By Tiffany A. Potter
A few of my core, life-affirming, rebel-rousing, compassion-driven, spiritual, open-minded beliefs that carry me through my days and color every decision and choice I make are as follows:
I believe that every animal and insect has a soul.
I believe in civil rights for all.
I am pro-choice and object to anyone who pushes a pro-life agenda on me (especially if the person doesn’t have a uterus).
I believe in the separation of church and state.
I will never allow fear or fearmongering to preside over my choices of love and acceptance. Ever.
Meaning, I refuse to believe that the worst of us as human beings represents the majority of us. And because of that my husband and I will gladly, willingly, happily open our home to refugees, Syrian most welcomed, seeking safety and a new start.
In May–June 1939, the United States refused to admit more than 900 Jewish refugees who had sailed from Hamburg, Germany, on the St. Louis and appeared off the coast of Florida.
Due to bureaucratic bullshit (and the United States not seeing the refugee crisis as its to fix), the ship and its passengers, those desperately trying to flee Hitler’s Nazi regime, were denied permission to land and were instead sent back to Europe.
Of those passengers, 254 died in the Holocaust.
During 1941, though there were reports of mass murder by the Nazis, the U.S. Department of State placed even stricter limitations on immigration based on “national security concerns.”
Today, the Syrian refugees are every bit as innocent and vulnerable as those that Hitler went after. They are caught in the crosshairs; they are being killed every single day simply because of where they live, so they risk their lives and those of their children in hopes of finding peace and safety. Who could blame them?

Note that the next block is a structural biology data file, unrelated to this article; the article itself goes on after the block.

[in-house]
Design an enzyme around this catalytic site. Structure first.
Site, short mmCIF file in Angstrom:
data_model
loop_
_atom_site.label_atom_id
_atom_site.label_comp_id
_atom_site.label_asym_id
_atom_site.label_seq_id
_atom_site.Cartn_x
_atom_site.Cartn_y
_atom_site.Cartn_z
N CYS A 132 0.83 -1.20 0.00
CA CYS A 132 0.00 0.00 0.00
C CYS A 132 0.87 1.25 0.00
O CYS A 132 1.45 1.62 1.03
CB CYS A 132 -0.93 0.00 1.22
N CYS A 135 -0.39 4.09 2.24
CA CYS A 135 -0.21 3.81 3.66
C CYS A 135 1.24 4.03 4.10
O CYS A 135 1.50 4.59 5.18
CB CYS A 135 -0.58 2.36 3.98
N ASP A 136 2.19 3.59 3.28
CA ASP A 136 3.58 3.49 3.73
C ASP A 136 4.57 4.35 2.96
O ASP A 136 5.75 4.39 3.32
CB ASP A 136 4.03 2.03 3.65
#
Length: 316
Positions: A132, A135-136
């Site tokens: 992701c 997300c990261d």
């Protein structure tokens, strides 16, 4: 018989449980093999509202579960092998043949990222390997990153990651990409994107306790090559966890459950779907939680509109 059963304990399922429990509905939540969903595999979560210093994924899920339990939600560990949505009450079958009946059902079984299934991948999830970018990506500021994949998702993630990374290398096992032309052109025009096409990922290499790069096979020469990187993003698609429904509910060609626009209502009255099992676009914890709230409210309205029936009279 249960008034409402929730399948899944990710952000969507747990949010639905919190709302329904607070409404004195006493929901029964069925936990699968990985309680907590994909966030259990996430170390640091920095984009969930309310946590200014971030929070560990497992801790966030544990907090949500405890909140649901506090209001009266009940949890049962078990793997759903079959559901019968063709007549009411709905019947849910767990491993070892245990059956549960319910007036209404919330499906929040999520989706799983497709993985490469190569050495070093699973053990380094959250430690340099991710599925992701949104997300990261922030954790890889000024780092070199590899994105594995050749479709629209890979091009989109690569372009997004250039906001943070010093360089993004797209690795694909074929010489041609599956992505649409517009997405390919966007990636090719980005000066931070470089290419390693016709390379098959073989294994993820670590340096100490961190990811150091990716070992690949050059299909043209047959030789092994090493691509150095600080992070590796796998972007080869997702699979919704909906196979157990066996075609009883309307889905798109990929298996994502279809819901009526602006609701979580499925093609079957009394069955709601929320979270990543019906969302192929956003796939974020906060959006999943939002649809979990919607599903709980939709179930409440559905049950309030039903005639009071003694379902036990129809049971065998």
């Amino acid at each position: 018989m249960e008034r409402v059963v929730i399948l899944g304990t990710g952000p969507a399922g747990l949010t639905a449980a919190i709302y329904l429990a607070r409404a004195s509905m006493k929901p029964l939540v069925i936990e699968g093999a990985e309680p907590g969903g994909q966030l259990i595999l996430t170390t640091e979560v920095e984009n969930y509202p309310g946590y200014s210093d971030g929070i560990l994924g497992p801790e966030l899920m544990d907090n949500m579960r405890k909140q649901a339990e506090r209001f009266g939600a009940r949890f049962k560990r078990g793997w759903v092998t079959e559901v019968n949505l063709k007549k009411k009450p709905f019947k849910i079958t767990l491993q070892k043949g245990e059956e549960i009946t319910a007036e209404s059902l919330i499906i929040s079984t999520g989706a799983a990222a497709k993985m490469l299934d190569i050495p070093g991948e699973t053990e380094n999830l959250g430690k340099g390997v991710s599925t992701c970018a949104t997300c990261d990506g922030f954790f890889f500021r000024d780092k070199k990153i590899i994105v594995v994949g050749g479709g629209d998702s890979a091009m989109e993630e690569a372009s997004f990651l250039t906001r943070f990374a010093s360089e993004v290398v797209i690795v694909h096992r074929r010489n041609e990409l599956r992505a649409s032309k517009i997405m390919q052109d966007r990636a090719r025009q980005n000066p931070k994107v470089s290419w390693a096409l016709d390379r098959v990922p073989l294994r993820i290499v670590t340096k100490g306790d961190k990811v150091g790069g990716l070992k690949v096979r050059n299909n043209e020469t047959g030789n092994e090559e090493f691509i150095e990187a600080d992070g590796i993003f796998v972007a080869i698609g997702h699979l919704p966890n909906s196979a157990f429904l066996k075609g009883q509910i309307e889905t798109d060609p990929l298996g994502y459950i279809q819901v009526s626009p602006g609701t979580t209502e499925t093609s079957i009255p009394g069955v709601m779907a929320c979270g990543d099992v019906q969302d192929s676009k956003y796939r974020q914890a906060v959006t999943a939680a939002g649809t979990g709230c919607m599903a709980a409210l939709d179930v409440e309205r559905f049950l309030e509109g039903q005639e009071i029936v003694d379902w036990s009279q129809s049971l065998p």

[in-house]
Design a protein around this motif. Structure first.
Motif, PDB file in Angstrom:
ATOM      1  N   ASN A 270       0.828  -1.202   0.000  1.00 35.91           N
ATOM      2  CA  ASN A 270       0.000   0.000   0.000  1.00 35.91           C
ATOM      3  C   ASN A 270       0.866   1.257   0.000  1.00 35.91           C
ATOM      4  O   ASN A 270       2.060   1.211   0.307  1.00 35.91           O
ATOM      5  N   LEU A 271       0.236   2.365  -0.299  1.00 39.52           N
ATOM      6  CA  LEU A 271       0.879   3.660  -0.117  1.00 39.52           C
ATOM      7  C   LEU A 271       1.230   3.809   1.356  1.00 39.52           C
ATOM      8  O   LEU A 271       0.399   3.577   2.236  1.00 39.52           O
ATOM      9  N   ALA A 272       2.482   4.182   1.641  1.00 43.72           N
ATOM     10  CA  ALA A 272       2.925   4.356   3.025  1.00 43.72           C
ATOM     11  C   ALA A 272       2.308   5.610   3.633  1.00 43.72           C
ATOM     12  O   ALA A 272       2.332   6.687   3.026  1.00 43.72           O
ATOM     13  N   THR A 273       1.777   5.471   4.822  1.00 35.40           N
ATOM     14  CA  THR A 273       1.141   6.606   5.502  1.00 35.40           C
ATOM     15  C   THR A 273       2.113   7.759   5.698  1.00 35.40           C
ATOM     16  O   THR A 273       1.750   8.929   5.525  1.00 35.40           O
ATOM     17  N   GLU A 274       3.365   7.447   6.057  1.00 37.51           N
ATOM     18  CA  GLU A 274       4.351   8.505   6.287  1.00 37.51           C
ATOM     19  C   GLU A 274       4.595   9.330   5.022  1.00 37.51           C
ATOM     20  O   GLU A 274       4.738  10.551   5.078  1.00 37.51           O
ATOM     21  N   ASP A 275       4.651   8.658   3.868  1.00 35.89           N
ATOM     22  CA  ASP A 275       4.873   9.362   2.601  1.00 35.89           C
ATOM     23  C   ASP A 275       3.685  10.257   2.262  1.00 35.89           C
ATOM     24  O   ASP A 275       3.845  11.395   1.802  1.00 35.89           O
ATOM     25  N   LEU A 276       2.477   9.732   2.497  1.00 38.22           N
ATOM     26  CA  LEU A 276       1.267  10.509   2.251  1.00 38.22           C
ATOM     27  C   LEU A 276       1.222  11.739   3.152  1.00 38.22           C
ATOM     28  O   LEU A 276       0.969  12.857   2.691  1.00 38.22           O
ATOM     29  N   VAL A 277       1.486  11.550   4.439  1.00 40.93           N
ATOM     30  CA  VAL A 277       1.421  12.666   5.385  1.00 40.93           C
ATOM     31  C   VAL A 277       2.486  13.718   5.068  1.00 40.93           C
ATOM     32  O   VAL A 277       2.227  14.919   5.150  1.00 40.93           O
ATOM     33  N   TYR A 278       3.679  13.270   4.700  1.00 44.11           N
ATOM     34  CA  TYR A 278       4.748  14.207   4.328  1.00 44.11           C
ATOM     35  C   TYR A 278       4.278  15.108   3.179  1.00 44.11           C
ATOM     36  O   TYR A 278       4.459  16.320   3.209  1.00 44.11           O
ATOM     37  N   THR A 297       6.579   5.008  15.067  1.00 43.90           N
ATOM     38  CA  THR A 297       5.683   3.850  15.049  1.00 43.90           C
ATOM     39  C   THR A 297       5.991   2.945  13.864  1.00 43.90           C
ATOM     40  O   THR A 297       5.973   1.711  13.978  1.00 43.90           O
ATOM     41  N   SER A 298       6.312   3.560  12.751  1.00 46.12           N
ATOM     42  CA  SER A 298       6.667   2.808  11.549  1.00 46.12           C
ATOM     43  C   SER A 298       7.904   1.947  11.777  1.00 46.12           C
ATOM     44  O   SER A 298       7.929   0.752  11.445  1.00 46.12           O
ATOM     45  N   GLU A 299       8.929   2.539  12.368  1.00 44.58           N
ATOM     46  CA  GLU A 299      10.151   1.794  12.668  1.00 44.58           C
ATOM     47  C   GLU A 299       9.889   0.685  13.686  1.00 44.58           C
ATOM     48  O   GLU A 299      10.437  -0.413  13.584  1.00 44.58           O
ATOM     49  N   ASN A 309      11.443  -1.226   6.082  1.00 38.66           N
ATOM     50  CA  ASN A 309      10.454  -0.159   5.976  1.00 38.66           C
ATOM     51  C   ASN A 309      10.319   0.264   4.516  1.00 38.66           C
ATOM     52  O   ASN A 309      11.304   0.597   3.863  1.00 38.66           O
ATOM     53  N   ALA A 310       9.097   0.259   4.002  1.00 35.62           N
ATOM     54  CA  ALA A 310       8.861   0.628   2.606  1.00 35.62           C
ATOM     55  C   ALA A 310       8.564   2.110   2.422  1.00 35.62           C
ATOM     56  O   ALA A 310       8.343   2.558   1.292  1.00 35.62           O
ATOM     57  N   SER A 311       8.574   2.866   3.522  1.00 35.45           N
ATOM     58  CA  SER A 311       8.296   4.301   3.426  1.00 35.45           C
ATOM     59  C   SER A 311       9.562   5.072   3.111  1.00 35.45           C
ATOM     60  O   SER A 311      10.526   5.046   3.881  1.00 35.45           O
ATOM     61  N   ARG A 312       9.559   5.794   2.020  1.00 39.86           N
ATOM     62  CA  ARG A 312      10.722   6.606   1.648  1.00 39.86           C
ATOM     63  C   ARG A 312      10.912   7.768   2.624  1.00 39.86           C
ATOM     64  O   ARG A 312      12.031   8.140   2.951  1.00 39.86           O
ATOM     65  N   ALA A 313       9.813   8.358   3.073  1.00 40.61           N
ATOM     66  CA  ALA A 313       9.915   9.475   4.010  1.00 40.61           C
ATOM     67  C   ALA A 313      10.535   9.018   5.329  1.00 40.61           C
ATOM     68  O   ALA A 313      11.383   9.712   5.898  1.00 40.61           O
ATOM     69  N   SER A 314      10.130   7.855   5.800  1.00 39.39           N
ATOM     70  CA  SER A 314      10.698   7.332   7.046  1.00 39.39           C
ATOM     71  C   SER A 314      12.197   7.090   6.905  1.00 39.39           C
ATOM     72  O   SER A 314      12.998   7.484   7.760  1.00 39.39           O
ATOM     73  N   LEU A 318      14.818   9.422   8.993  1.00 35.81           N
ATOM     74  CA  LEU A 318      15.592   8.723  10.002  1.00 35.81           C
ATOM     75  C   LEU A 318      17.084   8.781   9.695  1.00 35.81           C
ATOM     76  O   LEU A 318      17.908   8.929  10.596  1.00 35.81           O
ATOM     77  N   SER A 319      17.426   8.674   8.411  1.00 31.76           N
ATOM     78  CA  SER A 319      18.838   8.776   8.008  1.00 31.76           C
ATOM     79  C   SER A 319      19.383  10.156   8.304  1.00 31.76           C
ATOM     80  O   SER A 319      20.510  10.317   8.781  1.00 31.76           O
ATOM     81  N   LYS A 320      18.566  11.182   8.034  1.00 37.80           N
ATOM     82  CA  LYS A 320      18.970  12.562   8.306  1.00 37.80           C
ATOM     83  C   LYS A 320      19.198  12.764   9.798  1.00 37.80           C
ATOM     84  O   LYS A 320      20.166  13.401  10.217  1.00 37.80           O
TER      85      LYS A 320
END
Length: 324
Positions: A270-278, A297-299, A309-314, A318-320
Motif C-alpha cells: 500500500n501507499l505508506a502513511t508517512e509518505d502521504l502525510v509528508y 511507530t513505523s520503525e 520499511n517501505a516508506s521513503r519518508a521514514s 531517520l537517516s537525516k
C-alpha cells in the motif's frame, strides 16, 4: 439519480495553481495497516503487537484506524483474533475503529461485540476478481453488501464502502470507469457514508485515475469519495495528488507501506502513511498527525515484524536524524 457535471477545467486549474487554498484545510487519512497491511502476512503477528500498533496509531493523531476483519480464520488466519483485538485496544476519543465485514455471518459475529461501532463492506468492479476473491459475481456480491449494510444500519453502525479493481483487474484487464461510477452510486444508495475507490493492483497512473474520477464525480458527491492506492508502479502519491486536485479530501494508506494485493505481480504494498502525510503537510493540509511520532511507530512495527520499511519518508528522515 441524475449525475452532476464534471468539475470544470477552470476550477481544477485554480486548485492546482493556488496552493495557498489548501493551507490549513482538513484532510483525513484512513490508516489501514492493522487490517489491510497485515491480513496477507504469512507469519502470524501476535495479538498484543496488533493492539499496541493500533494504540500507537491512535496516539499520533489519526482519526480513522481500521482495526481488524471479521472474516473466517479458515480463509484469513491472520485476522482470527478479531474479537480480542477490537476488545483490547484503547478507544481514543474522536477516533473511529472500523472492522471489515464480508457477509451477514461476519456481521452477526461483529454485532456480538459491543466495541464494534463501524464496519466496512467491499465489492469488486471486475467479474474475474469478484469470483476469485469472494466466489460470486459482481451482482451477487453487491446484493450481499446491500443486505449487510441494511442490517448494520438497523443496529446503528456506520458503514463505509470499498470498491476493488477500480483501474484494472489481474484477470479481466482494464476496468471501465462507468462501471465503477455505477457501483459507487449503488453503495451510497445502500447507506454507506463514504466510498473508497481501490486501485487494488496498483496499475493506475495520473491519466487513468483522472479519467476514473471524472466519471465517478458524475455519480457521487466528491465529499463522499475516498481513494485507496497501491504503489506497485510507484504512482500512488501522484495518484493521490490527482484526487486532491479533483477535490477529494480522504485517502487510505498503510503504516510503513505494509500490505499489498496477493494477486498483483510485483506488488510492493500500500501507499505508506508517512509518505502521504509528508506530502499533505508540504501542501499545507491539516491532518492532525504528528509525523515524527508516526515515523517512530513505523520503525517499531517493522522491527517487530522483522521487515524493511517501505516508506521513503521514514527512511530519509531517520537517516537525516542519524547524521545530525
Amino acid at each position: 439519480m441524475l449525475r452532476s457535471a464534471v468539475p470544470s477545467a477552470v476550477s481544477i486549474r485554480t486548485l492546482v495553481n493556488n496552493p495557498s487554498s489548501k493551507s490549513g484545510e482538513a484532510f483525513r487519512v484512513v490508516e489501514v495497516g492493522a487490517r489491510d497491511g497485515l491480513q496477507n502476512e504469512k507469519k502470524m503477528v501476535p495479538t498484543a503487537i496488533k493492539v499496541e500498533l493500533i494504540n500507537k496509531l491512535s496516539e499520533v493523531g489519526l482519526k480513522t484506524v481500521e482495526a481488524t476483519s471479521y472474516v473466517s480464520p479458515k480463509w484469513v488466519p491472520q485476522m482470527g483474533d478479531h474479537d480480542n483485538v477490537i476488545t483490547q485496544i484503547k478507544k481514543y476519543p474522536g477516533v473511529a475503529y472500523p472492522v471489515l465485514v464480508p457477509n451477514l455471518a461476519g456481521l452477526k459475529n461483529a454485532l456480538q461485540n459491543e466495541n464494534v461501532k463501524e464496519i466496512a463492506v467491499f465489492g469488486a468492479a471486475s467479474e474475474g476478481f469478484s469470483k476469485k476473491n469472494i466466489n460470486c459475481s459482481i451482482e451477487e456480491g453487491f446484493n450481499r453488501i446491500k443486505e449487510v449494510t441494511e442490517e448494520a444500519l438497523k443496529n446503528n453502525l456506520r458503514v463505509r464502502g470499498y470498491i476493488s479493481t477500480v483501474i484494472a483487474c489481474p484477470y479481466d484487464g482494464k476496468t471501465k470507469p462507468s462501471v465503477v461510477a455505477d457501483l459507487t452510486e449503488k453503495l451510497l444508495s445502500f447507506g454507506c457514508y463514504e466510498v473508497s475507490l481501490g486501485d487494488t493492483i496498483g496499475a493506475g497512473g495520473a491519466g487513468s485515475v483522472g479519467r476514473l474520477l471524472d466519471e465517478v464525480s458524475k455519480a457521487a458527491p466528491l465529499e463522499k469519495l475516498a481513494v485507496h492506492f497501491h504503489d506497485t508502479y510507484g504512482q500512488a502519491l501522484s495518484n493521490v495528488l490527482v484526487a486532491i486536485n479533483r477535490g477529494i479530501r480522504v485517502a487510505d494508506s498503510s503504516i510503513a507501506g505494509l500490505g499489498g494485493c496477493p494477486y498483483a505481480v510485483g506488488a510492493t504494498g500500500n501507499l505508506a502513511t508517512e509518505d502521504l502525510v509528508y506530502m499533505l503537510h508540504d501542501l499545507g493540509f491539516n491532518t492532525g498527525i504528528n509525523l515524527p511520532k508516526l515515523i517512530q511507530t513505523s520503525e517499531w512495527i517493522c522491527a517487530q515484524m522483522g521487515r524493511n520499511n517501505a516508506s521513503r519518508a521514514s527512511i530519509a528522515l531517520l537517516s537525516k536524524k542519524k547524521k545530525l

Shame on those who live among us and enjoy the spoils of our country (thanks to our ancestors who came to this country in search of a better life) who want to now play God and keep other people out. Shame on those who can sleep well at night while turning the other cheek to other peoples’ suffering.
I, for one, cannot.
And let’s be clear, evil is all around us, foreign and domestic. It is impossible to keep evil out of our country, and if someone wants to infiltrate he will find a way. And while some argue that we should hedge our bets, I like to encourage them to reread the Statue of Liberty plaque: “Give me your tired, your poor, your huddled masses yearning to breathe free.”
Personally, I know that had Ellis Island not been open to my great grandparents (it is family legend that my maternal great-grandfather’s name is on the wall of the Registry Room) I would not be here. For that, and for their sacrifices in search and pursuit of a better life for them and those of us that came after, I am eternally grateful.
One last thing to consider, we cannot declare, boast or thump our chests because we are the “melting pot” of the world that we claim to be if we now even consider keeping some out. We would be full of shit if that was the case.
Please understand that I am not trying to be Mother Teresa and I’m not campaigning for sainthood; I’m just trying to be a good human being. Because, at the end of the day, my most important belief rings true above all others: Kindness matters, compassion matters. It’s everything.
Perhaps we can get some of those obnoxious individuals vying to be the Republican candidate to understand that.
*Sigh*. A girl can dream.
Tiffany is a disability consultant, entrepreneur, inspirational speaker, and change agent. Find her at www.TiffanysTake.com and Instagram: Tiffanys_Take.